Our observations and strategies for effective product design.
Our Favorite Mobile Product Design Tools
The app boom isn't over; it's ramping up.
CEOs: Invest in UX Design With These 3 Tips or Get Left Behind
Having grown by three hundred fifty-three times in just five years and hired more than a hundred people within eighteen months, Airbnb is the epitome of a unicorn. But it didn't get there solely through stellar marketing, product management, or leadership. No, it did so in large part through an unrelenting focus on experience design.
Rules of the Game: 5 Common Creative Brief Mistakes to Avoid
In the game Dungeons and Dragons (or D and D for short), the person with the plan is known as the dungeon master. He or she creates what's called a dungeon master's guide, which creatively steers the game while adhering to certain boundaries. That, minus the sorcery, orcs, and dragons, is basically the creative's role in product development.
Does Your Creative Brief Contain These 10 Elements?
Imagine trying to build a product that you know nothing about. Who is the user? What features do those users need? What’s the budget and deadline? What should the interface and color scheme look like? A product’s creative brief — also known as the “product overview” or “project brief” — provides developers and designers with answers to those essential questions. Without it, they’re forced to hunt for basic project information, opening the door to costly errors and missed timelines. With a creative brief in hand, however, product developers and designers can confidently and quickly jump in. On a recent healthcare product, for instance, a client brought us a very comprehensive creative product brief — complete with product flows, a timeline, and a description of success. The brief allowed us to quickly understand client needs, fashion a product roadmap, and hit the ground running.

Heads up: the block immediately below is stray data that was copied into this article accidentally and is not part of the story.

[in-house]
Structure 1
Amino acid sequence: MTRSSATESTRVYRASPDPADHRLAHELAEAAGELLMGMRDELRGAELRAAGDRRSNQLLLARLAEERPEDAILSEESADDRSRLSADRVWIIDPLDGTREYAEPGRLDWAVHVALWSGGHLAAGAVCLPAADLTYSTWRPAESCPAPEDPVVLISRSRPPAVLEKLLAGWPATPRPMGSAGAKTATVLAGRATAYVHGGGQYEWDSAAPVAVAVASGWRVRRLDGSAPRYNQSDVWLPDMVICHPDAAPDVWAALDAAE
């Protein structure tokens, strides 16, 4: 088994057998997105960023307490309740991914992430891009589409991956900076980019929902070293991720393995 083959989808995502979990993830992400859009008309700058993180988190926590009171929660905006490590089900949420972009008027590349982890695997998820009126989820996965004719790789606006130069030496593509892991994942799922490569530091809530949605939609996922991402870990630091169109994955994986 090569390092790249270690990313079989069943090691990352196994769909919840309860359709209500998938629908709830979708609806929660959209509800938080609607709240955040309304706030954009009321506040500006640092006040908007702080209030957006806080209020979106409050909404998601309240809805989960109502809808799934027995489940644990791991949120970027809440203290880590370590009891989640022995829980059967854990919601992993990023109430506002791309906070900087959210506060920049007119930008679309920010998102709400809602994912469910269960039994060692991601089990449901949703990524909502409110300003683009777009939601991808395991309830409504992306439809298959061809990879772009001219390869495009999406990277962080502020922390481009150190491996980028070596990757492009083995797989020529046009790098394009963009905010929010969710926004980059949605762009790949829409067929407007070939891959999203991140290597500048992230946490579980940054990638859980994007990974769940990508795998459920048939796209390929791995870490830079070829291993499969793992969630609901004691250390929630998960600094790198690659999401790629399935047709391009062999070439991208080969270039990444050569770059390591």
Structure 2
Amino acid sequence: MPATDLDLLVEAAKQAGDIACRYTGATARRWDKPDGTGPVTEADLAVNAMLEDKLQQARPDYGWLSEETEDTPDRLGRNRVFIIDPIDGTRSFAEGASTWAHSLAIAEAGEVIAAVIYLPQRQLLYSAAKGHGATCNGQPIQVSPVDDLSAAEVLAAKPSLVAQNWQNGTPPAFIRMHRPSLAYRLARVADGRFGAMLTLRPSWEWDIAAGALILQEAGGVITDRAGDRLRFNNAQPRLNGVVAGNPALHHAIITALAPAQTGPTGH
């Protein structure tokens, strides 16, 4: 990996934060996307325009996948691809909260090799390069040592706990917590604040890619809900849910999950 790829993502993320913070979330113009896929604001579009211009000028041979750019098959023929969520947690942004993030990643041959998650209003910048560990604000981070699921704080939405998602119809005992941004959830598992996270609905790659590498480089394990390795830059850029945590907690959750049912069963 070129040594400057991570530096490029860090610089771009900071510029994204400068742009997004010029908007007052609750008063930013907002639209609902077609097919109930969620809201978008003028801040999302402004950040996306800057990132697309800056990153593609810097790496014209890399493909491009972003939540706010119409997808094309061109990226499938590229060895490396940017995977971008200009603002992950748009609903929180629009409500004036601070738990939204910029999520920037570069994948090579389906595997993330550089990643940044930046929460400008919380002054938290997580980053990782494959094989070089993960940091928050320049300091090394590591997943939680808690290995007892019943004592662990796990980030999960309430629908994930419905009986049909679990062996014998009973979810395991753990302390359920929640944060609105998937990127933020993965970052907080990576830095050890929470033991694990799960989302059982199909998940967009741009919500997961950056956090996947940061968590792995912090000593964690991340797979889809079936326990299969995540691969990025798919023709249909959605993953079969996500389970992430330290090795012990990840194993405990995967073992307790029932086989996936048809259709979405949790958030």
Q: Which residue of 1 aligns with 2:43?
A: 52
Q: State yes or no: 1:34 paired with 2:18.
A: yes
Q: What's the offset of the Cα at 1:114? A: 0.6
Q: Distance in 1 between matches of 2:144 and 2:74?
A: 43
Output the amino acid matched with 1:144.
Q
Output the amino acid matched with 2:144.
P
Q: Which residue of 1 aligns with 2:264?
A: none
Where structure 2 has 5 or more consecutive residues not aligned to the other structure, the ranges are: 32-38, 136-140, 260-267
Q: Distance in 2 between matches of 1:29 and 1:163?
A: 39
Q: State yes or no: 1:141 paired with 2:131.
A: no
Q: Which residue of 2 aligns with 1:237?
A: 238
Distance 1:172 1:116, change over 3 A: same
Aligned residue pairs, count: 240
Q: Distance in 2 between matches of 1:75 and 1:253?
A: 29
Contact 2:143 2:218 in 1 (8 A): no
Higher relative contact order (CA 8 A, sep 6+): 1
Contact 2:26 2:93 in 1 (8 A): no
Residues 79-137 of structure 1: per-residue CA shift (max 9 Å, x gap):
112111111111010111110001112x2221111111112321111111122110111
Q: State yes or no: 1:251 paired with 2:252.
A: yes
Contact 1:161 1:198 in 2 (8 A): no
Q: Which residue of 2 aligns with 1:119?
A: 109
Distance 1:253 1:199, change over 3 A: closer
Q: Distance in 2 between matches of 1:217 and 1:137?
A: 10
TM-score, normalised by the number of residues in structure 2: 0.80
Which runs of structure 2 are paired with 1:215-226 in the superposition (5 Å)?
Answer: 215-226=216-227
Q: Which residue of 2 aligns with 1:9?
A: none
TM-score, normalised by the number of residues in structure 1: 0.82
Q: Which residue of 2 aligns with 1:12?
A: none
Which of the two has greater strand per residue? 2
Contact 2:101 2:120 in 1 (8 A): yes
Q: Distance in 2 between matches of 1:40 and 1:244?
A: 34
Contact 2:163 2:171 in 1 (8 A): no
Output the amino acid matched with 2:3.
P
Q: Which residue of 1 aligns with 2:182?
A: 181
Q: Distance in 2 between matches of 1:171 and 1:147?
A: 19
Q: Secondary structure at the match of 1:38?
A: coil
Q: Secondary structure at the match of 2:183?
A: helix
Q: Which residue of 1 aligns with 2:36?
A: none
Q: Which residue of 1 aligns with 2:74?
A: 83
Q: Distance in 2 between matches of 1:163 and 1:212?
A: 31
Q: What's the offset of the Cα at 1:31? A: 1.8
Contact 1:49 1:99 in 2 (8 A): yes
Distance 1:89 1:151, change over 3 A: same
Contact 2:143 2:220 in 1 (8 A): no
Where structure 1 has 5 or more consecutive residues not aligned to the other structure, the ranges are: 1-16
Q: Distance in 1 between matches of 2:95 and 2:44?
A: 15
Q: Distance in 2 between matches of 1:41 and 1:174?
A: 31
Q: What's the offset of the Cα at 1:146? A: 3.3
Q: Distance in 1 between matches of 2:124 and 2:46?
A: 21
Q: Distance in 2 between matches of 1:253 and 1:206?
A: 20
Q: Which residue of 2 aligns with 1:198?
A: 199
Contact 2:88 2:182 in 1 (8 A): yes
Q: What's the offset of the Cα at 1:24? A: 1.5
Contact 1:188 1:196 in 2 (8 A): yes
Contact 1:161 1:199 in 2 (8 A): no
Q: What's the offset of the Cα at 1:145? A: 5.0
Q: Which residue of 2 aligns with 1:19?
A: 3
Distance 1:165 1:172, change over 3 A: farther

5 Common App Design and Development Mistakes to Avoid
Finally finishing development of your first mobile app is an exhilarating feeling. And it’s one that quickly fades when that app is rejected from Apple’s App Store. Thousands of iOS developers endure this emotional roller coaster every week. But acceptance isn’t the end of the road. A whopping 59 percent of apps generate so little revenue that they don’t even recoup development costs. Beyond painful rejections and inadequate monetization, poor development practices can also hurt users and cause PR nightmares. Just ask the developers of EnergyRescue. In January, the battery- saving app was booted from Google’s Play Store after a security vendor discovered it had been embedded with ransomware because of a development oversight.